The osage orange is a medium-sized tree. It is named after 1) its original native range, which overlapped the range of the Native American Osage tribe and 2) its orangish bark, wood, and roots. You will probably first be able to recognize this tree from its grapefruit sized, green, and wrinkled fruits, which often litter the ground surrounding the tree. These fruits are commonly referred to as hedge apples, though are not edible. Though hard to tell, each fruit is actually a cluster of hundreds of small fruits. The tree’s bark has a distinct criss-cross pattern. Osage-orange wood is tough and long-lasting and was used by Native Americans to make bows. This tree attracts small mammals.
Family: Moraceae (Mulberry)
Characteristics: The 2-5 inch long leaves are egg shaped, glossy, and medium green. In the fall, leaves turn yellow. Male and female flowers appear on separate trees, though are both green and appear in clusters. The female flowers give way to grapefruit-sized, round, wrinkled, green fruits. Bark is gray-brown to orange brown and has a distinct criss-cross pattern. This tree has a rounded shape and a short trunk. Its crown is made up of spiny and interlacing branches. This tree usually grows 20-40 feet high and wide, though can reach up to 60 feet.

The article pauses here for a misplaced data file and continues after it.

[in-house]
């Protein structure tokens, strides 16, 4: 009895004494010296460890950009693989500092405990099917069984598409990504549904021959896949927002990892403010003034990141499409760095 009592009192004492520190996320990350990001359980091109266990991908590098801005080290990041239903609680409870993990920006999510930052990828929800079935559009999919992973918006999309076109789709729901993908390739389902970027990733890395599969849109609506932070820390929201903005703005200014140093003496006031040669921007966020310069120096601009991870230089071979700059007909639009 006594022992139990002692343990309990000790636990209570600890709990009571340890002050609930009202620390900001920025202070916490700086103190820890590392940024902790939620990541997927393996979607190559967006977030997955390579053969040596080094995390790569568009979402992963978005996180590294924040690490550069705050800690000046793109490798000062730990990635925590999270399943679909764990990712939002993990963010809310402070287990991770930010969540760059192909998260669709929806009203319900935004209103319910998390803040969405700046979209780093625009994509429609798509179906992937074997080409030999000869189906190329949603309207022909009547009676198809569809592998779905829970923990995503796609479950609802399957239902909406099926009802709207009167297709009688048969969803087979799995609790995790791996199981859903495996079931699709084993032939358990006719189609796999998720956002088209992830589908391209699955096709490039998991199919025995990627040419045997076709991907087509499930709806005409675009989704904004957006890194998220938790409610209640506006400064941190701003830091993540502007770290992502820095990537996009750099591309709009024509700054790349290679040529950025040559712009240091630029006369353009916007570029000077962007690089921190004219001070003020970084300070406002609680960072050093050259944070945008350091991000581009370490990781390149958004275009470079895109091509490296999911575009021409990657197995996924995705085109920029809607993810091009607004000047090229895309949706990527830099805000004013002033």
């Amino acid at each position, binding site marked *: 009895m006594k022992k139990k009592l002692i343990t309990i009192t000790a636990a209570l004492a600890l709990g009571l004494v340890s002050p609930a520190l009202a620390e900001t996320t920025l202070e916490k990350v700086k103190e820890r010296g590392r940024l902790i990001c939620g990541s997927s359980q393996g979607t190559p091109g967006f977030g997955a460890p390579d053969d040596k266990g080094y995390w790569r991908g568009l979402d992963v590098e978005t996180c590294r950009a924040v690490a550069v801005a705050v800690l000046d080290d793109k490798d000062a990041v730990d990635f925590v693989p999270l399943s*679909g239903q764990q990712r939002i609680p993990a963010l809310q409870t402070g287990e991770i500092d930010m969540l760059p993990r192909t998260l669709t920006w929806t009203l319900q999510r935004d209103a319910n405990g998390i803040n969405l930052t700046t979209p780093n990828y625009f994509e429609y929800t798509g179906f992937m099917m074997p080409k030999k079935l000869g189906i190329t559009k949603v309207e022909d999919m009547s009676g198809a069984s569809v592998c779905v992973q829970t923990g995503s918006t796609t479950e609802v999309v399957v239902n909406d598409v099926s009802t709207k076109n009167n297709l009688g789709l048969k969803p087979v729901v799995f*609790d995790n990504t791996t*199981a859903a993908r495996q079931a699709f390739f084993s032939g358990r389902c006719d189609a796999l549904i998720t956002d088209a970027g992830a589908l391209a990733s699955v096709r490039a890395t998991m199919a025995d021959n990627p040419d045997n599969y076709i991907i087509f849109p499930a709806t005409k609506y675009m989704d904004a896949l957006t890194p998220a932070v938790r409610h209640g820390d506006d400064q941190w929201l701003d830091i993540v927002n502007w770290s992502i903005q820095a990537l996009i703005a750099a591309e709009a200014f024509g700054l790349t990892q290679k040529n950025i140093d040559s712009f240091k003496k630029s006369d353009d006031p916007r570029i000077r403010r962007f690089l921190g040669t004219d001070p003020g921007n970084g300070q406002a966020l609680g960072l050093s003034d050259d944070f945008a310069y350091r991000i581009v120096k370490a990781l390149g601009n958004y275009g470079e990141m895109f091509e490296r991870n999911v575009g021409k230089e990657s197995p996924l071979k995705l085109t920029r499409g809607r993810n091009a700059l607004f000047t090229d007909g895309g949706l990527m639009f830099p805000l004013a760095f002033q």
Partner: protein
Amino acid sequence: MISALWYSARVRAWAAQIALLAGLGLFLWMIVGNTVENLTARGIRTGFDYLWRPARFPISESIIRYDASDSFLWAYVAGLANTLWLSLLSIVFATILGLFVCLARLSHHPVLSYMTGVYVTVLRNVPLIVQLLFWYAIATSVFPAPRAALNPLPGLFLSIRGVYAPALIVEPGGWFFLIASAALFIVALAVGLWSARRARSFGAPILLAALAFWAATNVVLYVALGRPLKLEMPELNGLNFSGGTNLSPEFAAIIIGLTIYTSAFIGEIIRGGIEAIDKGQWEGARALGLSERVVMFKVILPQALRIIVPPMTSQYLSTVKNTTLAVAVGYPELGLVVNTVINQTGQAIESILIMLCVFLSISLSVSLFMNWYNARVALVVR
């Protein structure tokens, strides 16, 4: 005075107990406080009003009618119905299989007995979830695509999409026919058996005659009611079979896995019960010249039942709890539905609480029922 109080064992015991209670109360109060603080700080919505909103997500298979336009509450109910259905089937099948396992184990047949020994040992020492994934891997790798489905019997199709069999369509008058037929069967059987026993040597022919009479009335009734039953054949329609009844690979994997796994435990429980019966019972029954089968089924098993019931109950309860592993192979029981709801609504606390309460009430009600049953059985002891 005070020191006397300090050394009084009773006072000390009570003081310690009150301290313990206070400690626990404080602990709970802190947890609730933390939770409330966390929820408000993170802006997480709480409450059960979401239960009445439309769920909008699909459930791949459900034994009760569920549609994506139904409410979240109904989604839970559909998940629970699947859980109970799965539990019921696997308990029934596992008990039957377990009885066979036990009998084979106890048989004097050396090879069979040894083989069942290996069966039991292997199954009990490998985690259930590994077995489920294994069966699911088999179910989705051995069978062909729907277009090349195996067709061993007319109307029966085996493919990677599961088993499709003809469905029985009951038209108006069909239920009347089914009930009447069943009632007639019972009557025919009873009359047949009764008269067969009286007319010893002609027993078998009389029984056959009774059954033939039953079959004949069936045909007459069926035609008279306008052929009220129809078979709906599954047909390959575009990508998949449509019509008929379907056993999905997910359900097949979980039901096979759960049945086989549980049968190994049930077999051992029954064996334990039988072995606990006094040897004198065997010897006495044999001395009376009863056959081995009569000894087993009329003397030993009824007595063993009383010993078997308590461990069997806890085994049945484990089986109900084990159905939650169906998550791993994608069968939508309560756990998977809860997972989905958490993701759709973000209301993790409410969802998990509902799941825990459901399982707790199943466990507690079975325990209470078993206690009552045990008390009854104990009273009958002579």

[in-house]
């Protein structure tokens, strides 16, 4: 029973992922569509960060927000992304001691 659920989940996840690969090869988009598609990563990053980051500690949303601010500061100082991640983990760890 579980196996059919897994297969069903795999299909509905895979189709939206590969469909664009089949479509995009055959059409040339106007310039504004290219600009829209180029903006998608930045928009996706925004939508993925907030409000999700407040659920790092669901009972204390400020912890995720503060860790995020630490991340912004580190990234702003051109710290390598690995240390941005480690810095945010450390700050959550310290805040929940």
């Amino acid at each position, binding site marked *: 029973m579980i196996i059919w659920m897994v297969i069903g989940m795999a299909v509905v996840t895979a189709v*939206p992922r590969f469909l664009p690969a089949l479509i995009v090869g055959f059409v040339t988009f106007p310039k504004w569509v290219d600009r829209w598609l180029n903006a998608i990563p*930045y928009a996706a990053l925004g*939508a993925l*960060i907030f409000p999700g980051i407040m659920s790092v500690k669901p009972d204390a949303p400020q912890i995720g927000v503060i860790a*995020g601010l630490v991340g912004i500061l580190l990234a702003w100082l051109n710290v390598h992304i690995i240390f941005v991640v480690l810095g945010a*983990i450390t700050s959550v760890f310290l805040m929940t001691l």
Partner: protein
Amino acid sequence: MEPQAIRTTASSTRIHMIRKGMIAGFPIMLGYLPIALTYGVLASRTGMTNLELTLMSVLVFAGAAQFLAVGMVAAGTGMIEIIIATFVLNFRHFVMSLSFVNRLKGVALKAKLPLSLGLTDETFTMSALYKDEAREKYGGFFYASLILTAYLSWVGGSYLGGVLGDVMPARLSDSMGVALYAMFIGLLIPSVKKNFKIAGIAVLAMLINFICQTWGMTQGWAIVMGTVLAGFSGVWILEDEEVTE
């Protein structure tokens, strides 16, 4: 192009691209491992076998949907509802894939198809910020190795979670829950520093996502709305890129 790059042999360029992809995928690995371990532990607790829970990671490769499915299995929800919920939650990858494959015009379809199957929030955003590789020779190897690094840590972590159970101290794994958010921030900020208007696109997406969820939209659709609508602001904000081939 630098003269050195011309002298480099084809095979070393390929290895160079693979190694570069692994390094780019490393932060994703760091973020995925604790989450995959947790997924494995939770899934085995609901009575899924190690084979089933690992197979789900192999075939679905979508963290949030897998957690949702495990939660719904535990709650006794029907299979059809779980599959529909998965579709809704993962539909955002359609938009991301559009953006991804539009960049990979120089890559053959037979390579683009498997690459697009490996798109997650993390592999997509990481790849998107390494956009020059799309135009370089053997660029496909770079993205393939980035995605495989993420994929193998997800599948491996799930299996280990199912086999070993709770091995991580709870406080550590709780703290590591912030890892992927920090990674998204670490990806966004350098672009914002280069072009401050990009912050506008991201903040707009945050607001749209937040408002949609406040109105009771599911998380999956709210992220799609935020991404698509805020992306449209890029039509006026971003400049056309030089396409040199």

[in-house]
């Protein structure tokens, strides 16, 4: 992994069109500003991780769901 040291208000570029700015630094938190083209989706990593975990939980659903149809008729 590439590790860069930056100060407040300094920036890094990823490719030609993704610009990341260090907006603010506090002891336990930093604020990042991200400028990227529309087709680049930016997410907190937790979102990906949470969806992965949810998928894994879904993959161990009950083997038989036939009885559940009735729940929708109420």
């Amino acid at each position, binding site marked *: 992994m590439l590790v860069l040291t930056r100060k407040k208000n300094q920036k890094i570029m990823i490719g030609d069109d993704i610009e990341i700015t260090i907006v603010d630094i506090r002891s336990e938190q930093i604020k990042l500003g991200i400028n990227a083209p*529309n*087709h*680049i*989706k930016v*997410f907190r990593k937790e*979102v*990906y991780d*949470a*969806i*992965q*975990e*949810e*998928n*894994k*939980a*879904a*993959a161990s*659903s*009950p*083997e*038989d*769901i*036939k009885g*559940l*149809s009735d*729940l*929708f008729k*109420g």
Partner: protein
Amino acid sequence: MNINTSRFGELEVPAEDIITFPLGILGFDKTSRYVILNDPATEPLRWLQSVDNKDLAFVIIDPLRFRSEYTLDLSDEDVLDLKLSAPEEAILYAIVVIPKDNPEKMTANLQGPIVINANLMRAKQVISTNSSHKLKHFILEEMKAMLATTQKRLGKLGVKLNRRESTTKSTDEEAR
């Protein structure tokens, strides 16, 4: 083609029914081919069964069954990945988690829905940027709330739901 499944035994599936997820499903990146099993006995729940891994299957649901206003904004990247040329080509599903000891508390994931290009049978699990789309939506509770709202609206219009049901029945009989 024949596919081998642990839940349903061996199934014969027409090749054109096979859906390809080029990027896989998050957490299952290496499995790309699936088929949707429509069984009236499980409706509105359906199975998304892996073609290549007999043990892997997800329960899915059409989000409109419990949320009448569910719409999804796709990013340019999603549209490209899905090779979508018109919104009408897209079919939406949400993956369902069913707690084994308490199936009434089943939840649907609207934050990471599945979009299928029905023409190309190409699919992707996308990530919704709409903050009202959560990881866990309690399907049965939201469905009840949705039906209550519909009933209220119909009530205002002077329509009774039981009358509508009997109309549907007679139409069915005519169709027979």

Foliage: Deciduous (leaves lost seasonally)
Geographic Origin: North America: Arkansas, Texas, Louisiana, Oklahoma (non-native)
Cultivation Notes: Requires low maintenance. Does best in full sun to part shade. Prefers moist and well drained soils, though is tolerant to a wide range of soil types. This tree is very tough, and is able to thrive in harsh conditions. Female trees need a male tree pollinator in order to produce fruit. Fruit is large, and can be a hazard when falling.
Number on Campus: 1
Sources: Dirr, Morton Arboretum, Missouri Botanical Garden